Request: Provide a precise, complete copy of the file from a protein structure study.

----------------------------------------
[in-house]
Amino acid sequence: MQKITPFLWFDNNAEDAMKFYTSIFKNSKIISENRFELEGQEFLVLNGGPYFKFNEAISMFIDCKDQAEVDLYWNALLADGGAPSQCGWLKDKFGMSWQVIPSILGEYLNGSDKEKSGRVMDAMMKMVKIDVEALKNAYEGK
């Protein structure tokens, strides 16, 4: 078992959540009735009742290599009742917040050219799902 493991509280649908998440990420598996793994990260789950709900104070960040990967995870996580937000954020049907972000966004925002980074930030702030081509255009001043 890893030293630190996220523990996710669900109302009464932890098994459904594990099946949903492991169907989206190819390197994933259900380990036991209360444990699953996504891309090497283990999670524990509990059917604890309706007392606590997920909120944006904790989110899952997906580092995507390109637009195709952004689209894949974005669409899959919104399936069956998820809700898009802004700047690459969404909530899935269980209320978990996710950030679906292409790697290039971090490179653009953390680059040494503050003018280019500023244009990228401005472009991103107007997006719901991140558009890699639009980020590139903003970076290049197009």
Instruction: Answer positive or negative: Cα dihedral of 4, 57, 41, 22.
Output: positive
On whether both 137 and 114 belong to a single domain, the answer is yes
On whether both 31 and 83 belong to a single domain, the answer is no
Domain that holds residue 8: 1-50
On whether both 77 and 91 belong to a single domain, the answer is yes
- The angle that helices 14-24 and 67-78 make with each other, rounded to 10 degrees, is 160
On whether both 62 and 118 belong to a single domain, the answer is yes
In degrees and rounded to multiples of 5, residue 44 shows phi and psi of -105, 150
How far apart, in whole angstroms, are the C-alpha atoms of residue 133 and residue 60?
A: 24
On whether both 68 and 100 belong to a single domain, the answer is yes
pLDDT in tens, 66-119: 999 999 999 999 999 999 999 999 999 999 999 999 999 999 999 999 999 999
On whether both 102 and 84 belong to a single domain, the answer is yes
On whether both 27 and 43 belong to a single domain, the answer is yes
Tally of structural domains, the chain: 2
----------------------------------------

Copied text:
[in-house]
Amino acid sequence: MQKITPFLWFDNNAEDAMKFYTSIFKNSKIISENRFELEGQEFLVLNGGPYFKFNEAISMFIDCKDQAEVDLYWNALLADGGAPSQCGWLKDKFGMSWQVIPSILGEYLNGSDKEKSGRVMDAMMKMVKIDVEALKNAYEGK
């Protein structure tokens, strides 16, 4: 078992959540009735009742290599009742917040050219799902 493991509280649908998440990420598996793994990260789950709900104070960040990967995870996580937000954020049907972000966004925002980074930030702030081509255009001043 890893030293630190996220523990996710669900109302009464932890098994459904594990099946949903492991169907989206190819390197994933259900380990036991209360444990699953996504891309090497283990999670524990509990059917604890309706007392606590997920909120944006904790989110899952997906580092995507390109637009195709952004689209894949974005669409899959919104399936069956998820809700898009802004700047690459969404909530899935269980209320978990996710950030679906292409790697290039971090490179653009953390680059040494503050003018280019500023244009990228401005472009991103107007997006719901991140558009890699639009980020590139903003970076290049197009």
Instruction: Answer positive or negative: Cα dihedral of 4, 57, 41, 22.
Output: positive
On whether both 137 and 114 belong to a single domain, the answer is yes
On whether both 31 and 83 belong to a single domain, the answer is no
Domain that holds residue 8: 1-50
On whether both 77 and 91 belong to a single domain, the answer is yes
- The angle that helices 14-24 and 67-78 make with each other, rounded to 10 degrees, is 160
On whether both 62 and 118 belong to a single domain, the answer is yes
In degrees and rounded to multiples of 5, residue 44 shows phi and psi of -105, 150
How far apart, in whole angstroms, are the C-alpha atoms of residue 133 and residue 60?
A: 24
On whether both 68 and 100 belong to a single domain, the answer is yes
pLDDT in tens, 66-119: 999 999 999 999 999 999 999 999 999 999 999 999 999 999 999 999 999 999
On whether both 102 and 84 belong to a single domain, the answer is yes
On whether both 27 and 43 belong to a single domain, the answer is yes
Tally of structural domains, the chain: 2